The aim here is not to complete an argument but to begin a discussion; not to present policy prescriptions, but to plead for greater realism in our outlook on education. Accept that some children will be left behind other children because of intellectual limitations, and think about what kind of education will give them the greatest chance for a fulfilling life nonetheless. Stop telling children that they need to go to college to be successful, and take advantage of the other, often better ways in which people can develop their talents. Acknowledge the existence and importance of high intellectual ability, and think about how best to nurture the children who possess it.
Murray’s writing will doubtlessly produce an emotional discussion, but on one hand, we should be having a discussion on how to best educate the next generation. However, I do have a couple points I would like to mention.
Why do we always begin the wisdom training with the Greeks? The Sumerians have their own wisdom literature as well as the Akkadian corpus. The Mesopotamian traditions used this wisdom literature in part to train those of high intellectual caliber, the scribes. Also, I think one of the greatest features in American style education is the fact that anyone who wants to go to college can pretty much find a way to do it. This doesn’t mean that they will be able to get into their top-pick school or that it won’t be hard to get the finances together to pay for college, but their chance of going to college will not be determined by their performance on a test–it will be determined by their own desire.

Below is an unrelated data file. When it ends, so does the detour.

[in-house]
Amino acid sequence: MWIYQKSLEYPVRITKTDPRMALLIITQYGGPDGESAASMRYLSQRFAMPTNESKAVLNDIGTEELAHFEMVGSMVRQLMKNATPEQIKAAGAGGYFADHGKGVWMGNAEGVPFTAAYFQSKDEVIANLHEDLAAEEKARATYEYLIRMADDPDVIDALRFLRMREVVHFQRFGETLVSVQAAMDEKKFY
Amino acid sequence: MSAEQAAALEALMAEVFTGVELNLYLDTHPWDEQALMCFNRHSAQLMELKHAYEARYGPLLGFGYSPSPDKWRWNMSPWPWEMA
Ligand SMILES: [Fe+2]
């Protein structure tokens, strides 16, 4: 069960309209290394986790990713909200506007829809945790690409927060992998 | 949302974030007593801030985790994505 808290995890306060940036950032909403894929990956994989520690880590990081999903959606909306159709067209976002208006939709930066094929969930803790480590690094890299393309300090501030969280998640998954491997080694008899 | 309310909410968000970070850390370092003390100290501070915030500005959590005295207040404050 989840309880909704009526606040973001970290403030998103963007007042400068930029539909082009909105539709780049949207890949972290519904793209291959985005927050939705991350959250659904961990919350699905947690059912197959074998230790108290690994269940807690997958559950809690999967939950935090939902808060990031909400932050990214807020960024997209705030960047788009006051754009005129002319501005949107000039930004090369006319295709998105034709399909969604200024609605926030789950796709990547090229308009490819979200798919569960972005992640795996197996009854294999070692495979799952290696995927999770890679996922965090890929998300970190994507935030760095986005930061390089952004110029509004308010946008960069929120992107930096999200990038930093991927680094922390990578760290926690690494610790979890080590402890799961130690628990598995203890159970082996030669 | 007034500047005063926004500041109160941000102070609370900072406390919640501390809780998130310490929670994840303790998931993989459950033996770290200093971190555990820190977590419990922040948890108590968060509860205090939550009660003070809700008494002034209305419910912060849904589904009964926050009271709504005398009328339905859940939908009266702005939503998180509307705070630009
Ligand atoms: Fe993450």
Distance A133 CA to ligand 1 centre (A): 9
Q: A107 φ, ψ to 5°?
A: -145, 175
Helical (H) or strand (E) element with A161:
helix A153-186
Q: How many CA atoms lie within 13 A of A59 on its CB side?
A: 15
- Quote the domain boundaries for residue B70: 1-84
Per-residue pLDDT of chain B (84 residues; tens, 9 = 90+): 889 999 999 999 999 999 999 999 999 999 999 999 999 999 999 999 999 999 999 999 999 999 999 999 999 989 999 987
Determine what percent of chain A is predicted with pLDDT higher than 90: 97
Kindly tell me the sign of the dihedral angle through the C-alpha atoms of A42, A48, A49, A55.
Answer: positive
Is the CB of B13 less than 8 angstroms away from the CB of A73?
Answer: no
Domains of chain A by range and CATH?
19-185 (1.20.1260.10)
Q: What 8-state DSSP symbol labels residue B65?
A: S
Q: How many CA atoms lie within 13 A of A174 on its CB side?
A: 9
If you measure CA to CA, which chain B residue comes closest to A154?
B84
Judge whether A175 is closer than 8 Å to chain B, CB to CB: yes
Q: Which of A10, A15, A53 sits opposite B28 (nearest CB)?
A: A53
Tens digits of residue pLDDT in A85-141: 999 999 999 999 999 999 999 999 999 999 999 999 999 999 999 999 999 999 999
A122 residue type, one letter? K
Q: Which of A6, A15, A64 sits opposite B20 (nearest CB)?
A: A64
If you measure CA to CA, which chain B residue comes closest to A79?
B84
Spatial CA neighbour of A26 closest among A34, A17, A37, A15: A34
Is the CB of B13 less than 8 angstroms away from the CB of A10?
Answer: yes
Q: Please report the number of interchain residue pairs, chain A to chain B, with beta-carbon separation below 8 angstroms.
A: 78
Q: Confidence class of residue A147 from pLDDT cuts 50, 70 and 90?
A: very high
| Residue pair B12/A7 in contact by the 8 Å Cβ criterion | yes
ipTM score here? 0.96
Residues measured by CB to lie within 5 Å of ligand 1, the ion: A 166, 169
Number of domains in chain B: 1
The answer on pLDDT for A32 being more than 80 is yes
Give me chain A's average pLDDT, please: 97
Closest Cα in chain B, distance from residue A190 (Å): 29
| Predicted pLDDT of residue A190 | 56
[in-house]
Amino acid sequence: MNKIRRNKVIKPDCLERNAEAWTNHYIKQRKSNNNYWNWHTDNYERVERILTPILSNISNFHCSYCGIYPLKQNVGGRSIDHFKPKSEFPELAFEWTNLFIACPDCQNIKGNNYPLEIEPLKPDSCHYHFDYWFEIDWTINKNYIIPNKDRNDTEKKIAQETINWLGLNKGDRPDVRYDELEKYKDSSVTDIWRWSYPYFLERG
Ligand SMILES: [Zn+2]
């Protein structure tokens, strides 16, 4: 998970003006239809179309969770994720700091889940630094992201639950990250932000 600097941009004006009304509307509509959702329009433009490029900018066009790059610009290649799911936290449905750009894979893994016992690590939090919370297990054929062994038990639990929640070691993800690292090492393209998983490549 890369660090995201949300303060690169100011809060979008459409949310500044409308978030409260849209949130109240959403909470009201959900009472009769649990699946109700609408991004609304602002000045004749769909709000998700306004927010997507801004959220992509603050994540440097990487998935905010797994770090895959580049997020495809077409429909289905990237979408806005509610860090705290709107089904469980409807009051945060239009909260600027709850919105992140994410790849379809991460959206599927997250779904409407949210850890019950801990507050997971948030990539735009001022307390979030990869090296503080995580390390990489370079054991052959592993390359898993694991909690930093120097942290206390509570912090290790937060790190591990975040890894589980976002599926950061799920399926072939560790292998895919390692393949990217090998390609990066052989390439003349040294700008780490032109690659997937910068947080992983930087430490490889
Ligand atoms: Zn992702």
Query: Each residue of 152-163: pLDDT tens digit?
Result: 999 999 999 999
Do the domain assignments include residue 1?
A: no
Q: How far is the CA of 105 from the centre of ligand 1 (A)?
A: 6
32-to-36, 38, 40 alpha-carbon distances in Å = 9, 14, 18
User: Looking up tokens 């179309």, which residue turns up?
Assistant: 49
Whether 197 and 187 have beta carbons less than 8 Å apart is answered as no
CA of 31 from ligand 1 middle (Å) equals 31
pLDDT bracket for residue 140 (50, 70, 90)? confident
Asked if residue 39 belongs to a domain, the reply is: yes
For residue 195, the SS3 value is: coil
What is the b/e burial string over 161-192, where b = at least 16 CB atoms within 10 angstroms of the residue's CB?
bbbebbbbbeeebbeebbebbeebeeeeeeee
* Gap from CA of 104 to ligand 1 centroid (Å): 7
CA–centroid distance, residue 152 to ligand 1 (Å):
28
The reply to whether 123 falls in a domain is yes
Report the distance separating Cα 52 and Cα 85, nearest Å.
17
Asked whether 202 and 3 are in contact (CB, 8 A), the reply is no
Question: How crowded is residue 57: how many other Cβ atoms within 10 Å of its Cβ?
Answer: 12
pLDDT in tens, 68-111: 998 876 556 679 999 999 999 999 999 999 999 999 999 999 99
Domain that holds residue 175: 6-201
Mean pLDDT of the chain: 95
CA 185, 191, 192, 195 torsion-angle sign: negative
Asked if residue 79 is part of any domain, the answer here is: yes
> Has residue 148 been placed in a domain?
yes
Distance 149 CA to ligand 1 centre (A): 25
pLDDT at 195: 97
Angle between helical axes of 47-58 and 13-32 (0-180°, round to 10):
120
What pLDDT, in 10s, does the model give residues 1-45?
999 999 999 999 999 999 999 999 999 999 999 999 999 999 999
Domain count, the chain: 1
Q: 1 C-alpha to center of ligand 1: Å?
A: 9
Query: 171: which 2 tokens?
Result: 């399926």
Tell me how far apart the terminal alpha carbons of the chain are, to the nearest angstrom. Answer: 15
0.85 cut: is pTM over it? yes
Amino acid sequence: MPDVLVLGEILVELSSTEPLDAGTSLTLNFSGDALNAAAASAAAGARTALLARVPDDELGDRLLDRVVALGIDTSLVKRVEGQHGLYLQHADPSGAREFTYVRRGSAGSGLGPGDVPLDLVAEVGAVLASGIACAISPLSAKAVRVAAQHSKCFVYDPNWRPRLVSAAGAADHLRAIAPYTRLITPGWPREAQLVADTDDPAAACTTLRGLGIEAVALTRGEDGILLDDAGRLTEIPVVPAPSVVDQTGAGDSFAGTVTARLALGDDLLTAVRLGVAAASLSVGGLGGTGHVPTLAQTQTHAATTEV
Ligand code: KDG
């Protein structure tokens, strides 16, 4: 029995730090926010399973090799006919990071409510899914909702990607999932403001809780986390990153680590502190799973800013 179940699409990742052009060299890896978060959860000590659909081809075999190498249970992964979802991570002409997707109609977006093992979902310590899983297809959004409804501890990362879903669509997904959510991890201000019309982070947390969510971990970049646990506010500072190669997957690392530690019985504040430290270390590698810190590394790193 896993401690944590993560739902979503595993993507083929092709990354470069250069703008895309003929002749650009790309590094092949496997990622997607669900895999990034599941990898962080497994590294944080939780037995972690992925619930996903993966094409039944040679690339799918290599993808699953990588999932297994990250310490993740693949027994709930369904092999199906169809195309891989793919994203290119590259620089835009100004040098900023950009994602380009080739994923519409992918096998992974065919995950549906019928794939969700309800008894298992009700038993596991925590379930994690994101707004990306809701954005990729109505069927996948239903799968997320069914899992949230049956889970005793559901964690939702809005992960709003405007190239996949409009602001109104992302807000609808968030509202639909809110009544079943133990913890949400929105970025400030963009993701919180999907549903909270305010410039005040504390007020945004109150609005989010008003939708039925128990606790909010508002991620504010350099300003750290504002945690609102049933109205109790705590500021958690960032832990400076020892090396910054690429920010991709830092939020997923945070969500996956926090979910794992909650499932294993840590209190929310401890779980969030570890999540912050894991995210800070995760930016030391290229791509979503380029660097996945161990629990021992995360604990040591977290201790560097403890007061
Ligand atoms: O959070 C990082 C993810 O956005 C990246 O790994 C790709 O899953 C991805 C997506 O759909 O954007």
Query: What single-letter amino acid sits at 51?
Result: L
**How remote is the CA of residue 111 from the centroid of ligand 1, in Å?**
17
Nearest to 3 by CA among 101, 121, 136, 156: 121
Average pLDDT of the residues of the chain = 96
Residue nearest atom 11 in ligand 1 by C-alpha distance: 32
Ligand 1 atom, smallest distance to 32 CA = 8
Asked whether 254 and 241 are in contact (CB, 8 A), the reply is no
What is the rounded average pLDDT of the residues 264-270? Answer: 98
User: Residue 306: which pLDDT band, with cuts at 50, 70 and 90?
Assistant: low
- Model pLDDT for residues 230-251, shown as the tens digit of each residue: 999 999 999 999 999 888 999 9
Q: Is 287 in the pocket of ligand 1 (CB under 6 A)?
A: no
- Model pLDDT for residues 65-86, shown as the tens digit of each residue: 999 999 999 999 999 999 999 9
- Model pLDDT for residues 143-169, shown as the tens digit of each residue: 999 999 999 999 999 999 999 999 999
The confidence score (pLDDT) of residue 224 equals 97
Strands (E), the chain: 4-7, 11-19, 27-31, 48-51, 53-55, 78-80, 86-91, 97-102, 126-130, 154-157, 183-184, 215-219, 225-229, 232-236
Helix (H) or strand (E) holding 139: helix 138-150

I think this is a huge advantage. Sure, some people will go to college and find out that its not their thing, but at least they have the opportunity to try. This is not the case in other educational systems and American citizens should not take this for granted.
What do you think about Murray’s argument? Is he on track or mistaken? How would you change the educational system for the better?